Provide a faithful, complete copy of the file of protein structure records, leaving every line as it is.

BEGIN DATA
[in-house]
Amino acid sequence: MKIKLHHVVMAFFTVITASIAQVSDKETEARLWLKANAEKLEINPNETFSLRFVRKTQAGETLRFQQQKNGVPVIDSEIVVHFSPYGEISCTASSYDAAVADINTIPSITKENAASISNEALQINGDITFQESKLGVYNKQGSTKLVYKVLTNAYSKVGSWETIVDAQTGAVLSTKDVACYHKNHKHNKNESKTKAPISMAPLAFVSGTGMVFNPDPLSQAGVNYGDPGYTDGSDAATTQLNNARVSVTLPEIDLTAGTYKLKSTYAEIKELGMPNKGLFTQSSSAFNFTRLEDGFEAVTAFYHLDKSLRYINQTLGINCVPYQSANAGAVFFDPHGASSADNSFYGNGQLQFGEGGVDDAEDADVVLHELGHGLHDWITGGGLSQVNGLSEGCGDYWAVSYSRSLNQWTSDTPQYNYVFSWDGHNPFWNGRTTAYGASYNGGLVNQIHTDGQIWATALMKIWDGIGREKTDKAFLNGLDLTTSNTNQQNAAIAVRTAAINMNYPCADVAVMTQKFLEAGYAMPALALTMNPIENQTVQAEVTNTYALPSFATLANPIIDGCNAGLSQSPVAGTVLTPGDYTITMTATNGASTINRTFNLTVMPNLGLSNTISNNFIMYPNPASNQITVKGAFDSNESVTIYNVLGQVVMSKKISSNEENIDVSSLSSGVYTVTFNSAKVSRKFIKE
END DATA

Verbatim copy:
[in-house]
Amino acid sequence: MKIKLHHVVMAFFTVITASIAQVSDKETEARLWLKANAEKLEINPNETFSLRFVRKTQAGETLRFQQQKNGVPVIDSEIVVHFSPYGEISCTASSYDAAVADINTIPSITKENAASISNEALQINGDITFQESKLGVYNKQGSTKLVYKVLTNAYSKVGSWETIVDAQTGAVLSTKDVACYHKNHKHNKNESKTKAPISMAPLAFVSGTGMVFNPDPLSQAGVNYGDPGYTDGSDAATTQLNNARVSVTLPEIDLTAGTYKLKSTYAEIKELGMPNKGLFTQSSSAFNFTRLEDGFEAVTAFYHLDKSLRYINQTLGINCVPYQSANAGAVFFDPHGASSADNSFYGNGQLQFGEGGVDDAEDADVVLHELGHGLHDWITGGGLSQVNGLSEGCGDYWAVSYSRSLNQWTSDTPQYNYVFSWDGHNPFWNGRTTAYGASYNGGLVNQIHTDGQIWATALMKIWDGIGREKTDKAFLNGLDLTTSNTNQQNAAIAVRTAAINMNYPCADVAVMTQKFLEAGYAMPALALTMNPIENQTVQAEVTNTYALPSFATLANPIIDGCNAGLSQSPVAGTVLTPGDYTITMTATNGASTINRTFNLTVMPNLGLSNTISNNFIMYPNPASNQITVKGAFDSNESVTIYNVLGQVVMSKKISSNEENIDVSSLSSGVYTVTFNSAKVSRKFIKE